Over the past 24 hours, Airbnb has swung through the full cycle of Internet outrage. It began on Wednesday in response to a series of ads that the home-sharing company had posted around San Francisco. The posters and billboards, each the color of a watermelon Jolly Rancher, bore short messages in which Airbnb advised the city on how to use the $12 million it had paid in hotel taxes. Here are a few examples:
It’s unclear how Airbnb’s marketing team intended these ads to come off, but to many in San Francisco they registered as tone deaf. One woman, Martha Kenney, took to Facebook to voice her displeasure. “Dear Airbnb,” she wrote. “I'm happy to hear that you paid your taxes this year. I did too! Isn't it awesome?” However, she added:
I’ve crunched some numbers and I have some bad news for you. Out of your $12 mil of hotel tax, only 1.4 percent goes to the SF Public Libraries. So that’s $168,000. Divided by the 868 library staff, we have $193 per person. Assuming each employee works 5 days per week minus holidays, this is $0.78 per employee per day. Since that’s significantly under San Francisco minimum wage ($12.25/hr), I doubt that your hotel tax can keep the libraries open more than a minute or two later.
When SF Weekly reached out to Airbnb spokesman Christopher Nulty to ask whether the library ad described by Kenney was real, he initially responded “as opposed to a fake one :)” and then, when asked again, “Are you seriously writing on this?” Nulty has since gotten a resounding answer to that, with not just SF Weekly but everyone from Business Insider to the New York Times weighing in.
By Thursday morning the Internet was thoroughly scandalized, and Airbnb thoroughly chastised. “The intent was to show the hotel tax contribution from our hosts and guests, which is roughly $1 million per month. It was the wrong tone and we apologize to anyone who was offended. These ads are being taken down immediately,” the company said in a statement. On Thursday afternoon, it emphasized much the same on Twitter:
We apologize for Wednesday’s SF ads. They displayed poor judgment and do not live up to the values and humanity of our global community.— Airbnb (@Airbnb) October 22, 2015
I don’t want to debate here whether these ads were actually the worst thing ever, or whether people dramatically overreacted. They are dumb ads, but whether they are as bad and offensive as people seem to think is a matter of opinion. Lodging and occupancy taxes, more commonly known as hotel taxes, are also a peculiar and fraught issue for Airbnb. It pays them in 16 cities in the United States, of which San Francisco is one. Sometimes the city has battled to be able to collect those taxes; in other cases, Airbnb has fought for the right to pay them.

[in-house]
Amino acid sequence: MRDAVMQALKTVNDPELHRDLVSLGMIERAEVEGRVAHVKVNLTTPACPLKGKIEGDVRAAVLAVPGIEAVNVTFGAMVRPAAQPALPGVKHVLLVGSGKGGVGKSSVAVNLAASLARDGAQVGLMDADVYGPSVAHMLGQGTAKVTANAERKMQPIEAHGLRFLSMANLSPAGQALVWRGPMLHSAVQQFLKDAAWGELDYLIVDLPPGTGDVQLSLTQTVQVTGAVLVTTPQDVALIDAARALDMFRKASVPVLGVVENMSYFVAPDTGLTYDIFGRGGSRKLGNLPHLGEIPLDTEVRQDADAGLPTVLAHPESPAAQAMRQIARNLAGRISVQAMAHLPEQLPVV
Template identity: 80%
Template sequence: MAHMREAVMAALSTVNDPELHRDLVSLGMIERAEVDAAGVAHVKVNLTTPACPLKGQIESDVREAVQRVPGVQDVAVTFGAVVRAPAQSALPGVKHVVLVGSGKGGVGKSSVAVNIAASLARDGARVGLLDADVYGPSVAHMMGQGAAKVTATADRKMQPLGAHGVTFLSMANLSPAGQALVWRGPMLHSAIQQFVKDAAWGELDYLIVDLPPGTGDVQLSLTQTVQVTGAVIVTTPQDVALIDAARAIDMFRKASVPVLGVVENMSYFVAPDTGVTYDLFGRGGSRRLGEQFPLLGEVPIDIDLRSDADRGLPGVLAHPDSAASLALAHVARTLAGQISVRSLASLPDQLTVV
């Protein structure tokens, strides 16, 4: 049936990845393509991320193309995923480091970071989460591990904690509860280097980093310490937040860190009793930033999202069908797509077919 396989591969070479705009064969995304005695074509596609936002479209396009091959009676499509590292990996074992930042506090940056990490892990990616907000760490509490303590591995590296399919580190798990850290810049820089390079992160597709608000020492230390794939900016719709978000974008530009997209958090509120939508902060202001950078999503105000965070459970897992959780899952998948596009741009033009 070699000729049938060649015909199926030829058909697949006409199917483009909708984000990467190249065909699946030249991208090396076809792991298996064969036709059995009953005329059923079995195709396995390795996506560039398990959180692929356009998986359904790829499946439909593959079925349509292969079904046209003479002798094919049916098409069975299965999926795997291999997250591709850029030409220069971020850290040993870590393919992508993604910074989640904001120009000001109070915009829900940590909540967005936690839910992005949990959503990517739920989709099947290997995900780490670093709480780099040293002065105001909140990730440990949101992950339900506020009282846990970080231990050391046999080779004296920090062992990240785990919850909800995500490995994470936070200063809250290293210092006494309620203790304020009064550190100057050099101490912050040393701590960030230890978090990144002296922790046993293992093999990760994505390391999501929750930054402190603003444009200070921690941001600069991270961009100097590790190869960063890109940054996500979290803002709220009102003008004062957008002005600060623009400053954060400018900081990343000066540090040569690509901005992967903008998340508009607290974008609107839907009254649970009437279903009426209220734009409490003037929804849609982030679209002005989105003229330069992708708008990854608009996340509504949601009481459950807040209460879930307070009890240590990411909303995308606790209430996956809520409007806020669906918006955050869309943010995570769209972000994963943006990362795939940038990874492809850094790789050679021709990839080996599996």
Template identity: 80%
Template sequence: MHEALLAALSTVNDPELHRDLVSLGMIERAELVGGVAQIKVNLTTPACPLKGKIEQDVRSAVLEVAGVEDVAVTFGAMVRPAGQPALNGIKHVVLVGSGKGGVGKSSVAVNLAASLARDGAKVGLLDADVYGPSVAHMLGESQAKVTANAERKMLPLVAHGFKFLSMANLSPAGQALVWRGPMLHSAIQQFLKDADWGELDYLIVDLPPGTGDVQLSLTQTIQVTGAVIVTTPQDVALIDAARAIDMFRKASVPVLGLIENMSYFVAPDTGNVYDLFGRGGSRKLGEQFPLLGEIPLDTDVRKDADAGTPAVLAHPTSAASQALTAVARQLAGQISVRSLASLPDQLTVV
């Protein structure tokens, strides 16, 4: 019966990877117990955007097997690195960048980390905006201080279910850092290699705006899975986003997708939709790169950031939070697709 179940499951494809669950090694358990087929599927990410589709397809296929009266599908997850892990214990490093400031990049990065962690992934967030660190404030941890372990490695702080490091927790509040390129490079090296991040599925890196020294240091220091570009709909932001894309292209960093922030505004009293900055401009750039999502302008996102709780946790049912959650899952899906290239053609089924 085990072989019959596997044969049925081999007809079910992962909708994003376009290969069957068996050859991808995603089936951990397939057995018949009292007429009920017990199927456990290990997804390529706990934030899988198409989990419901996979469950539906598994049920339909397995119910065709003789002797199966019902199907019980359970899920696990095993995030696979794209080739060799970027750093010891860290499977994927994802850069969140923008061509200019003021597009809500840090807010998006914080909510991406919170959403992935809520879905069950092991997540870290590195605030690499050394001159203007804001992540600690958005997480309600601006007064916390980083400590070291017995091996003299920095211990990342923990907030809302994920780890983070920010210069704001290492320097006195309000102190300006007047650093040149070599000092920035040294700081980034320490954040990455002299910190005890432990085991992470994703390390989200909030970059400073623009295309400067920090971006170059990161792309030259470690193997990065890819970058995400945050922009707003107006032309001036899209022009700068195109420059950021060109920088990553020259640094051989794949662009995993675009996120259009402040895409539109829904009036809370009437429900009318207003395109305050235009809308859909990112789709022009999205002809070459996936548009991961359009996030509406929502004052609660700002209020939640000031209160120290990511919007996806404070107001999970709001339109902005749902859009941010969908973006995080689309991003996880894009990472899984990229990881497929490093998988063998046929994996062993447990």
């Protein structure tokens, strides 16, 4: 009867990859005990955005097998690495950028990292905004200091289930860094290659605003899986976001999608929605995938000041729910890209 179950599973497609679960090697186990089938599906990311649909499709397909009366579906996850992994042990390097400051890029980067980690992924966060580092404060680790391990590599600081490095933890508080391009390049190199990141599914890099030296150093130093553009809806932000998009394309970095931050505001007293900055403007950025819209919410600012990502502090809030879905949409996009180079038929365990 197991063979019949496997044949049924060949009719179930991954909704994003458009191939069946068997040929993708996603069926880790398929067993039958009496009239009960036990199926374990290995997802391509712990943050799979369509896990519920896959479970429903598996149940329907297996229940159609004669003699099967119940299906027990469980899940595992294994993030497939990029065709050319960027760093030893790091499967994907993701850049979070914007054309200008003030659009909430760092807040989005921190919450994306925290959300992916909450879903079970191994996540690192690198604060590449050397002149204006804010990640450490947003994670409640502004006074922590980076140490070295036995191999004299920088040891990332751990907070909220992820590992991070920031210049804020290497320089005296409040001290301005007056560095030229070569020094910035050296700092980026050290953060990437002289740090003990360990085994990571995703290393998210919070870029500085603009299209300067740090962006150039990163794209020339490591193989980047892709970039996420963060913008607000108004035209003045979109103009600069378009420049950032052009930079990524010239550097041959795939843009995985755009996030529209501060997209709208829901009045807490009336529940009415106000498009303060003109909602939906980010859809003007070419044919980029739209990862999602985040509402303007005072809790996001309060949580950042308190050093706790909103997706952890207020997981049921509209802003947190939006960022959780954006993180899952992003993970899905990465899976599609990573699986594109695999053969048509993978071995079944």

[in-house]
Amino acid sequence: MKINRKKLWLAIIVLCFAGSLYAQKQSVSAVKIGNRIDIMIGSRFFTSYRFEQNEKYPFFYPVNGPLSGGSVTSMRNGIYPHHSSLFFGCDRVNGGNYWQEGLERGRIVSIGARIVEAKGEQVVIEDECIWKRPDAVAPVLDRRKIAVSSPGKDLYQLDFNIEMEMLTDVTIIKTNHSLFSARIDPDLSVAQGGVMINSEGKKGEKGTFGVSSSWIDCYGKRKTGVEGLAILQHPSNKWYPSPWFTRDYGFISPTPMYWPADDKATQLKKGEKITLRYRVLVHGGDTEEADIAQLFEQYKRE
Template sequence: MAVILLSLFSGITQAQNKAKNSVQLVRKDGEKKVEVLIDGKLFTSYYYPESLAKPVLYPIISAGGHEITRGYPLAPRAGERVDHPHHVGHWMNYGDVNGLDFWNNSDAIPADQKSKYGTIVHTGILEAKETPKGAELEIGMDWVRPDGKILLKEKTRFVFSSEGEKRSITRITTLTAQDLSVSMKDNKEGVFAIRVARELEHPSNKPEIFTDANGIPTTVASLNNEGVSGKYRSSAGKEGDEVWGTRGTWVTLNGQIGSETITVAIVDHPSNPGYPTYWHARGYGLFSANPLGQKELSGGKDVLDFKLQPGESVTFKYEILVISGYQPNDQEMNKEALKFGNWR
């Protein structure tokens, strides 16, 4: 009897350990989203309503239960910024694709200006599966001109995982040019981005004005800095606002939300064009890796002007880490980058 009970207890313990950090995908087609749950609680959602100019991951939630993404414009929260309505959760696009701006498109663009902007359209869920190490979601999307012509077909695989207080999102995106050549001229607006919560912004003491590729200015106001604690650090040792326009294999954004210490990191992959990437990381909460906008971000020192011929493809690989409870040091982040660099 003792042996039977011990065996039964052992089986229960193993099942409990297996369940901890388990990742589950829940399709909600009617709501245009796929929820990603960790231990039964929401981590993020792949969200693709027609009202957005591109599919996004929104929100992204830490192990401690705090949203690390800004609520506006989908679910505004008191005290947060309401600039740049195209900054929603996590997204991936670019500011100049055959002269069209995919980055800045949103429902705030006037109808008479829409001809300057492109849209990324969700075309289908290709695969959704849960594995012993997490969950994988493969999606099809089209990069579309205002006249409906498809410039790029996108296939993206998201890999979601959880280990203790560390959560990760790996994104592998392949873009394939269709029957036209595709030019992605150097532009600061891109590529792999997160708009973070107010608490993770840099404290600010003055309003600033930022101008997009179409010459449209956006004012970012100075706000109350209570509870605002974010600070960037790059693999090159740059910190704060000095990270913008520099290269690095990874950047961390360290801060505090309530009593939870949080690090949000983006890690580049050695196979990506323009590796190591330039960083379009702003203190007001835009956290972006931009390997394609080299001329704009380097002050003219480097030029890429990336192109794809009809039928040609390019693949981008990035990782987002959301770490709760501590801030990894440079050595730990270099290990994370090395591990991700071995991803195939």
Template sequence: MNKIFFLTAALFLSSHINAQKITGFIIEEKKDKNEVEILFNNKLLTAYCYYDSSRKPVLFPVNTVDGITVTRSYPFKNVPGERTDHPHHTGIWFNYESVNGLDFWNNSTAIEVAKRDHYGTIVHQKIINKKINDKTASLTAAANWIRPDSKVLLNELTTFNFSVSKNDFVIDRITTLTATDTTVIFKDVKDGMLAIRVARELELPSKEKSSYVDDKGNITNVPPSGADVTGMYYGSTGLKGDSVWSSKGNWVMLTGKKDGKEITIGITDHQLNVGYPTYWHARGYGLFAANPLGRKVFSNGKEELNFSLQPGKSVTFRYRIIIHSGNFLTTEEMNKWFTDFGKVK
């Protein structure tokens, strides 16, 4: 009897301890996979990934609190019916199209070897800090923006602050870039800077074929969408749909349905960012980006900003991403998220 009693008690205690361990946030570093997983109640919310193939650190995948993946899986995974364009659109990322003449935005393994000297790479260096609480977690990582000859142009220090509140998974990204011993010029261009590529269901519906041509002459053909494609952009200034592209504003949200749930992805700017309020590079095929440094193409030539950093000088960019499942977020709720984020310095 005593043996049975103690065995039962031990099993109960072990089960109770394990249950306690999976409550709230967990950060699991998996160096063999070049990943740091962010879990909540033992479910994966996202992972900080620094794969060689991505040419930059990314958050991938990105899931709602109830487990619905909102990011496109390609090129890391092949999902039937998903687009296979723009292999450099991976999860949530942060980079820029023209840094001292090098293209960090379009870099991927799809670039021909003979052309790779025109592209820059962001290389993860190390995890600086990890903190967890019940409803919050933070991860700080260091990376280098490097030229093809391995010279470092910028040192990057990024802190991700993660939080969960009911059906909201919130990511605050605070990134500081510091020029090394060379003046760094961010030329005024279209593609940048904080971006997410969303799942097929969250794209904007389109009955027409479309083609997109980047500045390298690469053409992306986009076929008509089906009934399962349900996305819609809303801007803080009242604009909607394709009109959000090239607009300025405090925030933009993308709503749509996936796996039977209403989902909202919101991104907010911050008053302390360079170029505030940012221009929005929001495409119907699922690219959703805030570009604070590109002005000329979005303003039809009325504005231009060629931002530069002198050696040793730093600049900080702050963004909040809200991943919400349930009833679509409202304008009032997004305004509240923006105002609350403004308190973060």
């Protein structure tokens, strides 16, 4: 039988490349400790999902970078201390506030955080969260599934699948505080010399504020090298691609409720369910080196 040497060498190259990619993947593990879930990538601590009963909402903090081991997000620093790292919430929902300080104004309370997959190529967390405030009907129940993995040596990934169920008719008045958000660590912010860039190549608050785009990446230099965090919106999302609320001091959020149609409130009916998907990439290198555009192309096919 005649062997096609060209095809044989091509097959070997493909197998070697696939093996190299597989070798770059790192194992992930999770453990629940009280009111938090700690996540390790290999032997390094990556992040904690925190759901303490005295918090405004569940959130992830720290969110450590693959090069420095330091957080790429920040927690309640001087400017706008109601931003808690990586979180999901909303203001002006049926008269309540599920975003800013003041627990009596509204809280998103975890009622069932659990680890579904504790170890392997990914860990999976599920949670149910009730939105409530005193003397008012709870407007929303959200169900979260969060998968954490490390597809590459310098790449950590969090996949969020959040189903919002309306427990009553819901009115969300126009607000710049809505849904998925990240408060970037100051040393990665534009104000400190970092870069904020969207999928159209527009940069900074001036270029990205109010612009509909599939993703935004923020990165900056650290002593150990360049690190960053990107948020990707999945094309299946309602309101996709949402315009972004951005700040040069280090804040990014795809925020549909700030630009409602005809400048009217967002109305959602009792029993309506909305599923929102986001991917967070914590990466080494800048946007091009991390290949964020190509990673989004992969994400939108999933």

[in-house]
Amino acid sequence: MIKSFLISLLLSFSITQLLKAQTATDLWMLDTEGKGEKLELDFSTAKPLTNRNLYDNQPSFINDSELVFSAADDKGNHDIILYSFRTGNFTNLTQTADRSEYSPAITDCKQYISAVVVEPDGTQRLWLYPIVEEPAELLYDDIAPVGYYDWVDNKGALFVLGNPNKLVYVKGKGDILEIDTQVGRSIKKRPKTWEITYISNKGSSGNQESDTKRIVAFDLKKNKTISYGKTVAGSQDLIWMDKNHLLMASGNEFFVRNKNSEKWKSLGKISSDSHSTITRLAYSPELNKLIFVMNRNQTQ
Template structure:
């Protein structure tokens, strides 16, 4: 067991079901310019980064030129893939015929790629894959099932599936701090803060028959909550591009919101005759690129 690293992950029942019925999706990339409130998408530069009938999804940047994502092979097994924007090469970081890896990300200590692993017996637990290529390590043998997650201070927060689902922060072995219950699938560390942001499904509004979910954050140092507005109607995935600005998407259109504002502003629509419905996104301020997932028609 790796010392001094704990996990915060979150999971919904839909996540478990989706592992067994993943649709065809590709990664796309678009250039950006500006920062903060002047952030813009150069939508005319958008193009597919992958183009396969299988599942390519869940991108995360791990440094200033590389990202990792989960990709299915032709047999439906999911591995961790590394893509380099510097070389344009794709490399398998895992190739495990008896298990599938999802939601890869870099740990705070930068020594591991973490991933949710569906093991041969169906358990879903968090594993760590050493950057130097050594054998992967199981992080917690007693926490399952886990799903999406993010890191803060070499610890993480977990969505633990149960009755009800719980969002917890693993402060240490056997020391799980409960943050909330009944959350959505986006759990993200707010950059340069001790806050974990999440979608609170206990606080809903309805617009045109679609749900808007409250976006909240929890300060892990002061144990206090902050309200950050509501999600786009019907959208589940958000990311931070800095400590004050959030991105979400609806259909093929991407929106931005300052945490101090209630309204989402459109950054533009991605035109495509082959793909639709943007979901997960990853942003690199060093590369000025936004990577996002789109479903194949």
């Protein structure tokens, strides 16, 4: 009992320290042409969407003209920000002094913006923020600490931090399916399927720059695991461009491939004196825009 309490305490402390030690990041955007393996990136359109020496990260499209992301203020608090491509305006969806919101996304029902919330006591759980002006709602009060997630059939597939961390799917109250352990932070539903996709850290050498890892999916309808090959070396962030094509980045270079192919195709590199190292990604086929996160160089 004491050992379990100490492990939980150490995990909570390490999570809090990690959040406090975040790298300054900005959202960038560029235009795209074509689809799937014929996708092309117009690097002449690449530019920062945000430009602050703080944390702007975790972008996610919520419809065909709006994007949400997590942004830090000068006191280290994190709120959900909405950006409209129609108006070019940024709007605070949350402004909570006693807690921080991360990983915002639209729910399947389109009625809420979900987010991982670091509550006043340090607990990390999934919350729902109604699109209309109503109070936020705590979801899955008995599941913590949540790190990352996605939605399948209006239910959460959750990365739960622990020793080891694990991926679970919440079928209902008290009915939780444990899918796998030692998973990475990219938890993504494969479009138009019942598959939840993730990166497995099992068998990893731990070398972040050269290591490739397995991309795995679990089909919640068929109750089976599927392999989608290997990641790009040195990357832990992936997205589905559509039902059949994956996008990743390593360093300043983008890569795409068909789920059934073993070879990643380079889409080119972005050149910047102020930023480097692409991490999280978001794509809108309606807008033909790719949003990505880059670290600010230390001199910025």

In San Francisco, Airbnb is currently lobbying against a proposed ordinance that would severely restrict the short-term rentals that are fundamental to its platform. According to campaign contribution filings, the company has put more than $8 million toward the effort; one of its main arguments against the ordinance is that cracking down on Airbnb rentals would hurt the city by diminishing the amount of revenue it gets from Airbnb in hotel taxes.
The problem is that instead of saying that in straightforward language, Airbnb had to be snarky and condescending about it. And that’s where the company went so wrong. Up until now, more than any other super-rich “sharing” economy startup, Airbnb has managed to maintain a friendly image. Despite local flare-ups, Airbnb has mostly positioned itself as an ally of the cities in which it operates. It talks about bringing visitors in touch with local communities and promotes the feel-good slogan, “belong anywhere.” Next to Uber, which hardly gets through a week without a new regulatory confrontation, Airbnb looks like a gentle giant.
Uber long ago embraced its persona of the brash revolutionary. Aggressive campaigns from the company—like its “de Blasio mode” blitz in New York this summer—no longer shock us, and that’s OK. The central promise of Uber is not a friendly, welcoming service but a reliable and competitively priced ride, something borne of ruthless efficiency. Airbnb, on the other hand, is in the business of hospitality and so has built its reputation on qualities that are quite different: being genial, responsible, a good corporate citizen. Even if you didn’t think Airbnb really had the best interests of a city at heart, it was hard to make the case, because the company’s branding was so consistently benign and neighborly. That’s a valuable card to hold. And flippant, sarcastic ads? That’s a great way to throw it out.